Current self-driving cars have a weakness

You have probably heard the news of the death of Joshua Brown, a popular Tesla Model S owner and enthusiast, who died in a freak accident recently. Autopilot failed him at a critical moment. As his car approached a junction on Autopilot, a trailer made a sudden pull in front of the car. Perhaps it was the suddenness of the move, perhaps it was the car fooled by the colour of the trailer against the sky, but Autopilot failed to turn the it away. It ended up underneath the trailer and off the road. The accident revealed that self-driving cars have a weakness.

self-driving cars have a weakness

Cool, Not Perfect

The Autopilot feature is a cool, even highly useful, thing to have in a car. Think of the convenience. Yes; it also enhances safety. Yet, I have always suspected that there would be scenarios in which self-driving cars would be more limited than a human driver. And those scenarios are the critical ones. Let me explain.

On a road where every other vehicle is self-driving, driving around would be 100% safe – or close. Each of those vehicles would be operated by pure computer logic. However, as long as there are other cars out there driven by humans, the autopilot car is suddenly at risk in some situations.

Self-driving cars have a weakness: Humans

Reason: human beings do not always act logically or rationally and it is at those points that the self-driving car is disadvantaged.

The Tesla Model S uses a combination of forward-facing camera, forward radar, ultrasonic sensors and GPS to be aware of the road and other vehicles before and around it. But it cannot (yet?) read human expressions and nuances. Its huge weak point is its inability to read humans.

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Right Of Way Issues

Have you ever driven in Lagos or taken a road trip from Lagos to Zaria? Many times, it is human eye contact with the driver of another vehicle that gives you a hint of what he is about to do (without warning). Sometimes, it is a quick glance at the front wheels of the truck in front of you that gives you a hint that something is wrong or about to go badly wrong.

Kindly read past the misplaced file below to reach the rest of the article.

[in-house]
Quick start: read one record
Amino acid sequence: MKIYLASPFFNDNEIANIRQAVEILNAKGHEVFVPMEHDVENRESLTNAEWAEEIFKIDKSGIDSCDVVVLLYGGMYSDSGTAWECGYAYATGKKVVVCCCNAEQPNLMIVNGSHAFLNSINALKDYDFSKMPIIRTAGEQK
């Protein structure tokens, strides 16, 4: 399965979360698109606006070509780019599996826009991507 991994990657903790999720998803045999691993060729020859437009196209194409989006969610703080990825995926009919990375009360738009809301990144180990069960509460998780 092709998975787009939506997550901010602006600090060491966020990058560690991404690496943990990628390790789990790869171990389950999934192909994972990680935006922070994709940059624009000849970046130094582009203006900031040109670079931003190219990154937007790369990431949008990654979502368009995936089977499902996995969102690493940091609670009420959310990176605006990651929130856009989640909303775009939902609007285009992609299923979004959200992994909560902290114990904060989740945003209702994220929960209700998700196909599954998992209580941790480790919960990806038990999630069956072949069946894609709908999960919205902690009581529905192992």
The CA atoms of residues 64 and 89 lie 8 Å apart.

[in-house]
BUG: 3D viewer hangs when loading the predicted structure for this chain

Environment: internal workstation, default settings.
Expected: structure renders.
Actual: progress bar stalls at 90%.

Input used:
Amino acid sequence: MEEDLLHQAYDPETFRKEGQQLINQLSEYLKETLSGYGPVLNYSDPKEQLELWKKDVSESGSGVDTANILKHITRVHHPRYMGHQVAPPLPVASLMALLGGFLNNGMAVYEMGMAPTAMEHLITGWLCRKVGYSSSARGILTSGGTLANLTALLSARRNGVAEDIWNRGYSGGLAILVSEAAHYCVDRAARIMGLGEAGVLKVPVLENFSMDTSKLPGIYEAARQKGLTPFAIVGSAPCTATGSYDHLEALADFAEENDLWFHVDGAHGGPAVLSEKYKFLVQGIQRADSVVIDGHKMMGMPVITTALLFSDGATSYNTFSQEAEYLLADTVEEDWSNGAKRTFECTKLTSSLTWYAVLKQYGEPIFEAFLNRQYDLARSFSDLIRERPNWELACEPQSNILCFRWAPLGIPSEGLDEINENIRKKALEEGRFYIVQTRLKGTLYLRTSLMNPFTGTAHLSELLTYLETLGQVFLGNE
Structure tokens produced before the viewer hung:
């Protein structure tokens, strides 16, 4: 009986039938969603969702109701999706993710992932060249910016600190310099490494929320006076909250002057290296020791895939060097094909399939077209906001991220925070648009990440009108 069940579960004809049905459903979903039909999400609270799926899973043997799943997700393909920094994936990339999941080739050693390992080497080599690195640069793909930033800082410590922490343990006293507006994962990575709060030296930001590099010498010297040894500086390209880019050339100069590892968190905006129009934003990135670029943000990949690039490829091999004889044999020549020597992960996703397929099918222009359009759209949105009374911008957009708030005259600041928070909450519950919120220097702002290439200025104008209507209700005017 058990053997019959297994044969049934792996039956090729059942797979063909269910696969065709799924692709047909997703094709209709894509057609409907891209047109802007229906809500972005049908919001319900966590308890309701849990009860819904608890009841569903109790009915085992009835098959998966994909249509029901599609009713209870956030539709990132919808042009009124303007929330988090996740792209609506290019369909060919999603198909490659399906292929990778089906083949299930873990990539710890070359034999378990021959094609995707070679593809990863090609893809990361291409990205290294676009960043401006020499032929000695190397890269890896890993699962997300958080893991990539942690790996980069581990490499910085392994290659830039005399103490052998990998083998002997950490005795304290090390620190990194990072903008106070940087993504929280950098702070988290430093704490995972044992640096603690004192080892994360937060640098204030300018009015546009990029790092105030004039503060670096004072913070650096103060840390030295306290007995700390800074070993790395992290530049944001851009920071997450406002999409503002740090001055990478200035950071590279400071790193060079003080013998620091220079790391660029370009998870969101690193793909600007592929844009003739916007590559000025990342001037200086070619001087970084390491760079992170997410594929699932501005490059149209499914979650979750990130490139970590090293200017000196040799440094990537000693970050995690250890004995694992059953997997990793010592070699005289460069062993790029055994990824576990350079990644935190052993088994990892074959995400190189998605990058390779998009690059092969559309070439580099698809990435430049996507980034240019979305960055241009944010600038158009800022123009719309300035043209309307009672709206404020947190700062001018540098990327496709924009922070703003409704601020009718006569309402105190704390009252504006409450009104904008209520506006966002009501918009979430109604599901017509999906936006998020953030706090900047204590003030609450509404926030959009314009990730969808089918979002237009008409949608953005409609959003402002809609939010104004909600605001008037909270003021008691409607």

If the self-driving car has the right of way, but a grumpy driver of a danfo or BRT (both commercial bus types in Lagos) suddenly acts on an impulse to pull a James Bond, what happens? The driver pulls out from a side lane into the way of the Autopilot car, I suspect that the automation will fail to read all the signs that a human would have read in that situation. Humans act irrationally everywhere.

Maybe self-driving technology will get to that point of proficiency sometime soon. Or maybe not. Perhaps at some point in time, human driving will be phased out totally. But there can be no doubt that the greatest threat to the safety of a self-driving car are other cars driven by a human.

Mister Mobility

I started blogging about mobile in 2004 as a fun way to share my passion for gadgets and mobile services. My other interests include digital media, speaking and teaching, photography, travelling, and dancing.

2 thoughts on “Current self-driving cars have a weakness

  • July 3, 2016 at 11:31 am
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    Perfect timing.

    A few minutes ago, i read a post about the arrival of first driver-less car in Nigeria. The first thing that came to mind was: How on earth is it gonna run smoothly on lagos traffic?

  • July 3, 2016 at 5:02 pm
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    The accident revealed that self-driving cars have a weakness.

    No, I don’t think this accident revealed any weakness. The guy who died was going at a terrific speed, watching a DVD. If a vehicle swerved into your lane while going at 180km/hr, there would he an accident whether a human is driving, or a robot is in control.

    It is amusing that, given the number of fairly accident_free kilometers racked up with the help of driver_assist, a single accident is being blown out of proportion to make it look like there is something inherently wrong with driverless technology.

    Any human made system cannot be perfect, bit it is clear that humans are better off being off the steering wheels.

    Accidents would happen. Even a human driver can’t avoid some kinds of accident. Why do we think even the best automated driving technology would be able to do so?

    If a self driving car with a human on board has to choose between crashing off a hill and crushing a jaywalker to death, which would it choose.? Would a human driver even be trusted to do the right thing (what’s the right thing?)

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